3 Examples of Awesome Content Marketing

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By Adrian Cruce

In today’s world, content is king. But with so much content around, it is becoming increasingly difficult to stand out from the rest, especially within the marketing sphere. Below are three examples of content marketing done right. If you are looking to make the biggest splash possible and give your content marketing a much-needed shot in the arm, these are the examples to follow.

Coca-Cola: Share A Coke

There are few brands in the world that have the same name recognition and adoration from their fanbase as Coca-Cola. Coke is as ubiquitous as water, tea, or coffee. In fact, there is a growing list of places in the world where access to Coca-Cola is better than access to water. Coke is a product that basically sells itself at this point. If Coke were to withdraw all their advertising and marketing tonight, there would still be an enormous demand for what is one of the most popular beverages in the world.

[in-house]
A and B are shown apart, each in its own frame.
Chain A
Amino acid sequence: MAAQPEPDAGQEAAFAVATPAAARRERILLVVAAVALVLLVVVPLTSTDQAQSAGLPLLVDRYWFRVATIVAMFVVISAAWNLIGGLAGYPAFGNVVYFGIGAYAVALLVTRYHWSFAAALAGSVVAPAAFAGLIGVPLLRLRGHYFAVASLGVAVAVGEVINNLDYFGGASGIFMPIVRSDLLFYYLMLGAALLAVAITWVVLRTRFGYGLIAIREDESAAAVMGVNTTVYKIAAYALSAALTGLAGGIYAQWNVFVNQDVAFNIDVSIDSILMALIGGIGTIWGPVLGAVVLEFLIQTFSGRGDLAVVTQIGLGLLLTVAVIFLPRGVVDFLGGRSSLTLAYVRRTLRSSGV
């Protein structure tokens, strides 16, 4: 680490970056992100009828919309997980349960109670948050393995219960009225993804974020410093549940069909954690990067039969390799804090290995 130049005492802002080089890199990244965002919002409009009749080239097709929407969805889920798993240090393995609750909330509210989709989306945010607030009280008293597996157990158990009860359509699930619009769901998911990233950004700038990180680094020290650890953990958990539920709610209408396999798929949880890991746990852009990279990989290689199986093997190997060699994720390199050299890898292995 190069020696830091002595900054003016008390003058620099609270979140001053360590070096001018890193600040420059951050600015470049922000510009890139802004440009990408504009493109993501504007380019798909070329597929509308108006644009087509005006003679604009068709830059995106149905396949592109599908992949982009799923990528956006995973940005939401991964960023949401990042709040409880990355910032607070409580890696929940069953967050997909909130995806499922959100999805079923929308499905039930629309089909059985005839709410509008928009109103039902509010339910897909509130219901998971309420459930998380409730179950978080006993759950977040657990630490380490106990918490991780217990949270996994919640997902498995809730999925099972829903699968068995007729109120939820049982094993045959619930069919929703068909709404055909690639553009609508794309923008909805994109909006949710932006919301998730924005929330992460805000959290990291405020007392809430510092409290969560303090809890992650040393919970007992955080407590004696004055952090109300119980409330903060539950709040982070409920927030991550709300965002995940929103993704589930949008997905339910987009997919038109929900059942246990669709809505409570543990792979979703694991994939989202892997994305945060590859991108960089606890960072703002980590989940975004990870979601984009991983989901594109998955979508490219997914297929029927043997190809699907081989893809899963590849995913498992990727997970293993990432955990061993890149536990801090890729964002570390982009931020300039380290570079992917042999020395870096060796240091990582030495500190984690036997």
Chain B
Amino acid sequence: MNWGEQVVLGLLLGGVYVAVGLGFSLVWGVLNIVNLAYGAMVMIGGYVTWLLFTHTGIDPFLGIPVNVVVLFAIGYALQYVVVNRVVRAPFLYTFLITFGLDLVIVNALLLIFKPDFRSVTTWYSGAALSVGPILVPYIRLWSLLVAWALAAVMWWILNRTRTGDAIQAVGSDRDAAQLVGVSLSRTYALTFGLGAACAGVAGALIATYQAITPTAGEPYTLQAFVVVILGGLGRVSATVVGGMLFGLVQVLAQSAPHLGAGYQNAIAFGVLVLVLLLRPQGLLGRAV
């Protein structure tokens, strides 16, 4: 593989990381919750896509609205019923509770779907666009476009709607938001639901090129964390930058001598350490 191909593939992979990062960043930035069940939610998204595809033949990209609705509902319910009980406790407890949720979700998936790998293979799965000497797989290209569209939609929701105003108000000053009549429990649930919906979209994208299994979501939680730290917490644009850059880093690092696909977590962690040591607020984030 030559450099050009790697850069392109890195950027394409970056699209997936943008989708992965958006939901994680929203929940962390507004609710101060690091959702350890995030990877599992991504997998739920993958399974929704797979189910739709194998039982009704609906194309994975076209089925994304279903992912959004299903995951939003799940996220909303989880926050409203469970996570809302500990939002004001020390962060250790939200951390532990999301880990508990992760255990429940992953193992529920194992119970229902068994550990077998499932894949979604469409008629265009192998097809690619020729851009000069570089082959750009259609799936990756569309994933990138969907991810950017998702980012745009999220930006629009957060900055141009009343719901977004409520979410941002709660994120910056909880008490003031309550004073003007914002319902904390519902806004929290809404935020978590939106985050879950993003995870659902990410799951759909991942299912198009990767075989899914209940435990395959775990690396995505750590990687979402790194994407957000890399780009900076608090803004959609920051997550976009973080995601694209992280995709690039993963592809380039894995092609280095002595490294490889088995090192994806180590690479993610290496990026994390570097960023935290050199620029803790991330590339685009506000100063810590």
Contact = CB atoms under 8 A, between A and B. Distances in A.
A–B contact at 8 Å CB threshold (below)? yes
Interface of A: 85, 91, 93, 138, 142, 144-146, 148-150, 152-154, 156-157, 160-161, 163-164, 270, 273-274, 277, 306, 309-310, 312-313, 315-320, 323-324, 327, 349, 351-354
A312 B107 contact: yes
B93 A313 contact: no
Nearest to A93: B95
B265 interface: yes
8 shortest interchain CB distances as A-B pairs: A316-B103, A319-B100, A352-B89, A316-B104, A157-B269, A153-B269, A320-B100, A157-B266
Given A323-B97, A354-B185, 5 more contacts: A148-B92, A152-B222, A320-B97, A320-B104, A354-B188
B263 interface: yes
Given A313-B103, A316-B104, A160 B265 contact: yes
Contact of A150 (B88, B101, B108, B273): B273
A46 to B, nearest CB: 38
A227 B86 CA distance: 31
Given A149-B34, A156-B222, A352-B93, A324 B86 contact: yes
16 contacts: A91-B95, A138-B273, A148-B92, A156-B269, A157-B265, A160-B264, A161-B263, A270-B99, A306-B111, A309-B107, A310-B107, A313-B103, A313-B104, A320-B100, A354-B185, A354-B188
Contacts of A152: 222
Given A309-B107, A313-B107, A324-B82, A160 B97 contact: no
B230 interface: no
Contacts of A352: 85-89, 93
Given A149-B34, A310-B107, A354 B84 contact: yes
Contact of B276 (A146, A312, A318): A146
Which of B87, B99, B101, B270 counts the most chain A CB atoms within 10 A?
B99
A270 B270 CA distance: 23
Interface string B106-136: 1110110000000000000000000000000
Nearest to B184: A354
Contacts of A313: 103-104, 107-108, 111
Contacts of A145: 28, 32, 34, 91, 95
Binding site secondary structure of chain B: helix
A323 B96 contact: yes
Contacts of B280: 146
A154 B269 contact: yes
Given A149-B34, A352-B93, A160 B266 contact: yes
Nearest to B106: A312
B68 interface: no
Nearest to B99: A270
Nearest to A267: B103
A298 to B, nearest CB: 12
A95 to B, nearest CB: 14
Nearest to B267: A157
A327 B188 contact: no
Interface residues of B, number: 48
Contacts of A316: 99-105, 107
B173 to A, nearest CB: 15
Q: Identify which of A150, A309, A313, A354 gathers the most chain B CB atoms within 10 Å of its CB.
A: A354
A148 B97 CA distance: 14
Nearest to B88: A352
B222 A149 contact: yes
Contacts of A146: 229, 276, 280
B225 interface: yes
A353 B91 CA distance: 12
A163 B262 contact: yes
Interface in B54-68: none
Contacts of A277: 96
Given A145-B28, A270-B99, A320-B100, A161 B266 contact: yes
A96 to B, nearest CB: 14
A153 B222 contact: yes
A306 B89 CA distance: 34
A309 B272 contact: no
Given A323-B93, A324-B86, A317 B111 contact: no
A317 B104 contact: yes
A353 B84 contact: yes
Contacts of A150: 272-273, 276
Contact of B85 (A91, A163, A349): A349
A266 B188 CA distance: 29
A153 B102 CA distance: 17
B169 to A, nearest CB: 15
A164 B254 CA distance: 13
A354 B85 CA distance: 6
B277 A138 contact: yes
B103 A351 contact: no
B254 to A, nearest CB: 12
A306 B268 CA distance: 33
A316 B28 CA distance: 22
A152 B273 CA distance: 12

Marketing a product like Coca-Cola, a product with which audiences are already very familiar, requires a different approach to marketing something new and unknown. The Share a Coke campaign is a fine example of content marketing done right and is regarded as one of the greatest marketing campaigns in the history of advertising by many.

The idea behind the campaign was a simple one, but it proved to be devastatingly effective. All Coca-Cola had to do was add names to their products. Naturally, consumers who saw their own name on a bottle of coke would be more likely to buy it. But the real genius of the campaign was the accompanying tagline: “Share a Coke”. This encouraged shoppers to not only purchase a bottle for themselves but for their friends and family as well.

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Not only is this an excellent example of content marketing done right, but it is also a striking demonstration of the power of personalization. Personalized marketing speaks directly to individual customers, not to groups of consumers as a whole. Because of this, personalized marketing creates a much stronger emotional connection with its audience.